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A Dispatch

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January 23, 2008

It's Greek To...Everyone

My BFFs know that I studied Latin and Greek in college—back in a time that seems almost as distant as the ancient civilizations, themselves. Although I can't imagine having studied any other subject, sadly the most practical application of that experience was that I sailed through reciting the Greek alphabet while a fraternity pledge.

But today, it also helped me recognize a spam message delivered in modern Greek (which my Mac rendered beautifully). There are differences between classical and modern Greek, but the alphabets are the same, and I can sound out the words to try to get a sense of what is going on.

But before getting to that, I have to say that the sender will probably get slapped by his ISP as soon as the spam reports start coming in. I don't recognize the sender, but one of my addresses appears to have been in an email address book that was wrung out to accumulate recipients. My copy of the message had 392794 recipient email addresses listed in plain view of the To: field (one of my pet peeves). This group accounted only for those addresses whose usernames began with "dakis" through "devilkins." Zeus knows how many of these batches went out. The majority of address domains were Greek (with the .gr country code top-level domain), but there were others that really point to an address book scrape (e.g., list owners of several Darwin-specific mailing lists at Apple, all in a row).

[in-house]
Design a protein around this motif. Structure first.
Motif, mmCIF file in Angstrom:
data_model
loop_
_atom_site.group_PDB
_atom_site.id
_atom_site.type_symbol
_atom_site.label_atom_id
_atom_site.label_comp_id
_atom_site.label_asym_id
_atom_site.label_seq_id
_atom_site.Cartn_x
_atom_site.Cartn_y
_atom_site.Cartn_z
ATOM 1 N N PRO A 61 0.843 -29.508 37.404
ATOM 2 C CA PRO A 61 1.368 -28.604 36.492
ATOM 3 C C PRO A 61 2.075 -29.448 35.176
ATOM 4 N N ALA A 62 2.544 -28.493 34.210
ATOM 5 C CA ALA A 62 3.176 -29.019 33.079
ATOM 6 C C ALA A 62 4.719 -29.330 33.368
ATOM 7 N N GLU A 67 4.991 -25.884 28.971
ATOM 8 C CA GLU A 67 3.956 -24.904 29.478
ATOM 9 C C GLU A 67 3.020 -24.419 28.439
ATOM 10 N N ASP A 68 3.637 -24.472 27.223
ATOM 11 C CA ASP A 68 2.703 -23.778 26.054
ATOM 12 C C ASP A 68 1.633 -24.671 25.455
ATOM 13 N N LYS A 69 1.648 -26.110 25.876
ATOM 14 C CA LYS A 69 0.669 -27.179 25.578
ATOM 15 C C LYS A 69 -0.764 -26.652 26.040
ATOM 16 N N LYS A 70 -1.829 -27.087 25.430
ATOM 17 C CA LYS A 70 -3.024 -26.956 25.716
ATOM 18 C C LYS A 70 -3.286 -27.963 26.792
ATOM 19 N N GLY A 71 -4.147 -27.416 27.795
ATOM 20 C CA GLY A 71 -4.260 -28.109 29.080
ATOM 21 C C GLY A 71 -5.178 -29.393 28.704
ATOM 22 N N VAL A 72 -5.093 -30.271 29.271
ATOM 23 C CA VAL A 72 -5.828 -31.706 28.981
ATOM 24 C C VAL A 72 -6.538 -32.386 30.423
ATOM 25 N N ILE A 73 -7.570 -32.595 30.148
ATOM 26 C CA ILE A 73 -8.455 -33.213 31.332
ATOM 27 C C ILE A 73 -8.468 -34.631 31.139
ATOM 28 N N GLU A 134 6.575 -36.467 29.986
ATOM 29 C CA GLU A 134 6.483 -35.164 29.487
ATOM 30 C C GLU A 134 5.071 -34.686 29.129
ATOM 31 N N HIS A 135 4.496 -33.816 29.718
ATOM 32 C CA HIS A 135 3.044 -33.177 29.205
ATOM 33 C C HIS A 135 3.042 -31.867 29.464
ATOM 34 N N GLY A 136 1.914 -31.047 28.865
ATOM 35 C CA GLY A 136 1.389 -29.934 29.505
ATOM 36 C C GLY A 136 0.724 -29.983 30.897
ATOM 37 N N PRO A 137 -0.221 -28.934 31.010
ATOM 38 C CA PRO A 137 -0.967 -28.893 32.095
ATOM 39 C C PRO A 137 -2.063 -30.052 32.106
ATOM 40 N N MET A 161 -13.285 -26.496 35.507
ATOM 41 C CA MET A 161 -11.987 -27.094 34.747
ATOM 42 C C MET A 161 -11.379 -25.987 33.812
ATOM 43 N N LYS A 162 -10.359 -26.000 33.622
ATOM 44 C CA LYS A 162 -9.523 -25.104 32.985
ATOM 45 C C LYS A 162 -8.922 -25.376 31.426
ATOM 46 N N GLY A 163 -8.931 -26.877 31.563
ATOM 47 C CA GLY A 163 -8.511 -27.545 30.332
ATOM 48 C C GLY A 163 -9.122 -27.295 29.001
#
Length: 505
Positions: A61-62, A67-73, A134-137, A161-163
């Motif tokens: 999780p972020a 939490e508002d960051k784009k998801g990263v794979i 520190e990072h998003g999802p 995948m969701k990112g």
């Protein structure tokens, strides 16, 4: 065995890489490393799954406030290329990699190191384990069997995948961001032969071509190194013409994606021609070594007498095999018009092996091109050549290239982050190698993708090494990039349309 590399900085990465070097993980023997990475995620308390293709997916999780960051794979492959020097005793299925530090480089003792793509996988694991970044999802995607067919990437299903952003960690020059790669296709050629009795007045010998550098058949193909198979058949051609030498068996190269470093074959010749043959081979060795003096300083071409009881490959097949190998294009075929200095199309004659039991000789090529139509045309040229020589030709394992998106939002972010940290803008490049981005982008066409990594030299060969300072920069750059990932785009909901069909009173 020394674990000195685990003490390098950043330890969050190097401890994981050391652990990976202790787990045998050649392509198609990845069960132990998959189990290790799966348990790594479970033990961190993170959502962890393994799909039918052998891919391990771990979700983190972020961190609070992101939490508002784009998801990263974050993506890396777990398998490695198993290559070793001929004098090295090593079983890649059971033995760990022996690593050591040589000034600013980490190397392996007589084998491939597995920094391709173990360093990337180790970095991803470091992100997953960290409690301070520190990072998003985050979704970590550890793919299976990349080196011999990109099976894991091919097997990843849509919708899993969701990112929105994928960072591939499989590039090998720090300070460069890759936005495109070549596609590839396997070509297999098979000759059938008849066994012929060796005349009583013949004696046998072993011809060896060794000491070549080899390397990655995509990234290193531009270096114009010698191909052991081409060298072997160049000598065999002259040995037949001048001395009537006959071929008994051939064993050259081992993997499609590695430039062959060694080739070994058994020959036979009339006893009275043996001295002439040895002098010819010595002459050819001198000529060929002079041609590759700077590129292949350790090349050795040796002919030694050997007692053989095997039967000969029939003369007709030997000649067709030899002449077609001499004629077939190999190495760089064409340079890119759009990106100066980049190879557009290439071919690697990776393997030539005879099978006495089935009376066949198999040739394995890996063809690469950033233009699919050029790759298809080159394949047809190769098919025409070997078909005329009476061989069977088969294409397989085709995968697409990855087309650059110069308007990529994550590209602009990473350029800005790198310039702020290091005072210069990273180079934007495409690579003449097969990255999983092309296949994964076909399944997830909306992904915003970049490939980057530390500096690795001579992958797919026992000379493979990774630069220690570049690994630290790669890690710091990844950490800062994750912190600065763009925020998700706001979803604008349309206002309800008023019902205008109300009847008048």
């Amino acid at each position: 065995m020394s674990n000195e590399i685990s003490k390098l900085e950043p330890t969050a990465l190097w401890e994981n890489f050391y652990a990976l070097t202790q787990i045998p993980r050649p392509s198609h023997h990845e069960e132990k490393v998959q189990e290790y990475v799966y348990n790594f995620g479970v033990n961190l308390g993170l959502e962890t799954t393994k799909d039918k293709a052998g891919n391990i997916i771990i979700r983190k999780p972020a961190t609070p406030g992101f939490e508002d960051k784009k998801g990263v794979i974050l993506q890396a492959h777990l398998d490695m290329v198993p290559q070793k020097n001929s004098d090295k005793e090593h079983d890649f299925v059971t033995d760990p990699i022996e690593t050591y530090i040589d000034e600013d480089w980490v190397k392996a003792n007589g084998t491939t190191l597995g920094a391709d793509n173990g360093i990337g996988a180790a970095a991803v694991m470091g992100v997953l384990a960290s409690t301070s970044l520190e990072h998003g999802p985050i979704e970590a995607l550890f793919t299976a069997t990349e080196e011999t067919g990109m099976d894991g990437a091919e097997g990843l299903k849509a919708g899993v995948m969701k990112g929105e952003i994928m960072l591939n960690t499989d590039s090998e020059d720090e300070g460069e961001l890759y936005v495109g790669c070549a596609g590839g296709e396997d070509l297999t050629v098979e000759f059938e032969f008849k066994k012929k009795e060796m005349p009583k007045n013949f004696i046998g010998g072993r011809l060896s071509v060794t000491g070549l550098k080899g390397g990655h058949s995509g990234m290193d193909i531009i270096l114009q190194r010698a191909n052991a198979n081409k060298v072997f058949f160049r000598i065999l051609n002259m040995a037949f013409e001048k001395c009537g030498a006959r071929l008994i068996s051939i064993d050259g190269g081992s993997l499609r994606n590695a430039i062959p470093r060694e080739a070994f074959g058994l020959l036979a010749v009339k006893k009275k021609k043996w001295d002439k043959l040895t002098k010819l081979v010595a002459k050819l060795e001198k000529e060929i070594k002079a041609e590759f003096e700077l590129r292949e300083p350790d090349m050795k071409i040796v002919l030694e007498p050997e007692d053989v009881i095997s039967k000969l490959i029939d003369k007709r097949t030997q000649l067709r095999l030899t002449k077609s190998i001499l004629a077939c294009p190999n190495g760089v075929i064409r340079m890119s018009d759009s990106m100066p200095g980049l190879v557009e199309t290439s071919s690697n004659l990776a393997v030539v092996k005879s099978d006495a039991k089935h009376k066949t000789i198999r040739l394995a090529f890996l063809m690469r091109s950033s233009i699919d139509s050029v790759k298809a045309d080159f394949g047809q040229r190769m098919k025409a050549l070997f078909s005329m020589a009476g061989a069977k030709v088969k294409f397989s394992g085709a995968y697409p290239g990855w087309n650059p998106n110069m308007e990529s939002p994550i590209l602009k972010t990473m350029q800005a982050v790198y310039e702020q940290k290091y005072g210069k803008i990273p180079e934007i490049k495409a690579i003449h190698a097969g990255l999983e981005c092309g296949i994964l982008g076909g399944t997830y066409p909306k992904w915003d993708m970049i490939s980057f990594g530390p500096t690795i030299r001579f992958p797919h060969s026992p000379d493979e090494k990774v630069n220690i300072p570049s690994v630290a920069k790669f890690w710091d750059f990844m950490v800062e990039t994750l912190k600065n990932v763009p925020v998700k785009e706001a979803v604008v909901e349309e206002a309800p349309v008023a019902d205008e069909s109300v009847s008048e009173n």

Attached to this email were no fewer than six files: one .jpg; one .rtf; one .pdf; and three .doc files. Microsoft Office and Acrobat files have been used as conveyances for malware, and you can bet your sweet souvlaki that Laocoön's paraphrased (and Virgilian) warning, "Beware Greeks bearing gifts," kept echoing through my head. I declined to open any of the attachments.

Another thing I didn't like about this message was that one of the few bits of English pointed to an official web site for whatever this thing was about. I don't know about you, but it's hard to ascribe gravitas to a sender whose "official site" is a MySpace page.

The end of this mystery was a bit of a let-down. The spammer appears to be a theatrical producer flogging his new production of one of Euripedes' plays. He's begging the world to schedule his production for the 2008-2009 season. Ugh. This sparks of someone who just discovered the Internet and intends to milk it for all its free advertising potential, including spamming from his own DSL connection.

Well-intentioned. Ill-informed. A tragedy not limited to the Greeks.

Posted on January 23, 2008 at 09:30 AM